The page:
Title: Solve for Y - posted October 25, 2005
Author:  Lacey McBain
Fandom: Stargate Atlantis
Rating: G. Pre-slash. McKay/Sheppard
Summary:  A follow-up to Better in the Long Run;  Rodney's POV.

Disclaimer:  Stargate Atlantis (including all characters and images) is the property of Showtime/Viacom, MGM/UA, Double Secret Productions, and Gekko Productions. No copyright infringement is intended.


Solve for Y

Rodney rubs at the sore spot on his arm and wonders how many days it’s going to take before he doesn’t feel the outline of fingers pressed into his flesh. Even through the fabric of his jacket, he felt the nails, the cold tug of the alien hand and it stopped him, stopped him cold, until Sheppard grabbed him. Bluish fluid bursting from the thing’s chest, the jerking motion as Sheppard shot it until it let go, and Rodney counted the bullets automatically, not even flinching at the sound of metal tearing through skin—one for every bloodied streak the thing left on his arm. Move, McKay! Sheppard had shouted, and there was a hand on his back pushing him forward, and somehow his feet obeyed the command even when his brain was still catching up to the idea that he wasn’t dead. Not even a little bit.

The gateroom’s crowded and warm, and McKay just stands there, grateful for once to be part of the noise and the routine of the place, the ordinary things that tell him he’s alive. Like Beckett flashing a penlight in everyone’s face, as if the dilation of the pupils is the answer to every mystery of the human body. When Beckett does it to him, Rodney blinks twice and inquires if the ability to flash tiny white lights in unsuspecting eyes is the extent of the doctor’s training. Beckett pats him roughly on the shoulder and says, you’re all right, Rodney, before he wanders off to bother someone else. Rodney notices the brief warmth of Beckett’s hand, the lingering absence when it’s gone. He wonders what’s wrong with him. He didn’t used to notice these things.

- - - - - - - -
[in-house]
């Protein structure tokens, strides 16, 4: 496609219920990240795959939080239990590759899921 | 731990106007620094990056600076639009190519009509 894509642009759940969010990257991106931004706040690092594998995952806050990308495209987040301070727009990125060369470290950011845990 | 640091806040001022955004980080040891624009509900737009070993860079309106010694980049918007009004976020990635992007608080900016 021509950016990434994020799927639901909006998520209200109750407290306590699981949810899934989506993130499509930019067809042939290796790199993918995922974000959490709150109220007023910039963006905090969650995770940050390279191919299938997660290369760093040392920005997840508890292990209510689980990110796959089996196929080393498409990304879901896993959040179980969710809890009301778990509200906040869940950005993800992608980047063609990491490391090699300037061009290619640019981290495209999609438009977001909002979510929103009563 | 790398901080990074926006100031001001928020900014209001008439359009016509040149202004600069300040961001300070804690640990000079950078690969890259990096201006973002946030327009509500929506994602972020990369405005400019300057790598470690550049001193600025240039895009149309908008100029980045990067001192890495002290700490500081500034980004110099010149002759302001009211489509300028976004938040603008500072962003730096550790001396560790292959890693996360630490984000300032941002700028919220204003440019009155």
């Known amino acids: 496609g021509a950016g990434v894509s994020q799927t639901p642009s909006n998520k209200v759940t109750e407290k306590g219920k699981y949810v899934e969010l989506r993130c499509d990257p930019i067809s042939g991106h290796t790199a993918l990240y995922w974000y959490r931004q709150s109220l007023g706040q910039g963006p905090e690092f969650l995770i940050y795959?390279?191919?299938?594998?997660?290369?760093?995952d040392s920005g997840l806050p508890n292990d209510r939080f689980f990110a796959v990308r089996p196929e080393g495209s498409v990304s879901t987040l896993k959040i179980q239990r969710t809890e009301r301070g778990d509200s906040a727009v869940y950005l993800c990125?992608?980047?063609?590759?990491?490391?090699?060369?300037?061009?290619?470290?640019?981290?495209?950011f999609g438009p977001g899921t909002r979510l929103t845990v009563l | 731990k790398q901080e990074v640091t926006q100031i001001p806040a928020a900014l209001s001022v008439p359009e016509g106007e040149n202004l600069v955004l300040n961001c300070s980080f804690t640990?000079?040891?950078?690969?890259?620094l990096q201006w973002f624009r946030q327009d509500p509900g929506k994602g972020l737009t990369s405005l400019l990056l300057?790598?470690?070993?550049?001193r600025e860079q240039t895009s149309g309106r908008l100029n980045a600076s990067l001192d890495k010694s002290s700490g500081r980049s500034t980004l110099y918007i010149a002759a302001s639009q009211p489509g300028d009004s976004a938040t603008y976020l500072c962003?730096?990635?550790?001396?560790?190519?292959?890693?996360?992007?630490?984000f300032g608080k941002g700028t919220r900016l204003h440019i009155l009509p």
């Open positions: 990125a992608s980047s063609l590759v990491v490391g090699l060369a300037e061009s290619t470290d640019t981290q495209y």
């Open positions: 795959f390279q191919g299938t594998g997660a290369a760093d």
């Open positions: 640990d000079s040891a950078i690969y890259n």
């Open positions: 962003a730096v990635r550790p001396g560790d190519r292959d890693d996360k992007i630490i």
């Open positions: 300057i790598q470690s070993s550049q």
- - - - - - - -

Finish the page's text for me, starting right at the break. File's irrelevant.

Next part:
Ford is grinning like he does every time they aren’t dead at the end of the day, and Teyla seems to be offering quiet thanks in her own quiet way, and then there’s Sheppard, standing in the middle of it like nothing ever touches him. Like he’s above it all. Rodney wonders if that’s what being a hero means—never feeling the fear, not noticing the ice cold fingers reaching for you and leaving you torn and bloody. He wants to ask him, but he doesn’t think he can. Not yet.

Elizabeth moves among her people like the Pope, touching and talking, as if the laying on of hands can change the fact that every day they walk through the gate the line between killing or getting killed gets a little smaller, and Rodney remembers when he didn’t know how to shoot a gun or dress a wound or fly a jumper. The last one he knows isn’t because Sheppard wants competition flying the Ancient toys, but only because the Major’s preparing them for the mission when he doesn’t come back and they still need to get home. It makes Rodney shiver inside.

When he looks up, Sheppard’s looking at him and there might as well be no one moving between them because all Rodney sees are Sheppard’s eyes, the half-grin, and for a moment that Rodney knows can’t be measured in real time he sees Sheppard’s mask slip. From across the room, Rodney can feel the yearning, the fragile ache to not be alone in all of this, and yeah, Rodney gets that. Totally, completely gets that, but he didn’t think Sheppard did. Until now.

He’s got a pretty good idea the Major only sees him as the geek who got beat up in high school, and one of these days McKay’s going to educate him about the first and last time someone shoved him in a locker and what the combined effects of household chemicals and a pissed-off science geek can do to a brand-new paint job on an ‘82 Grand Am. He’s always had brains; he never needed guns before he came to Atlantis.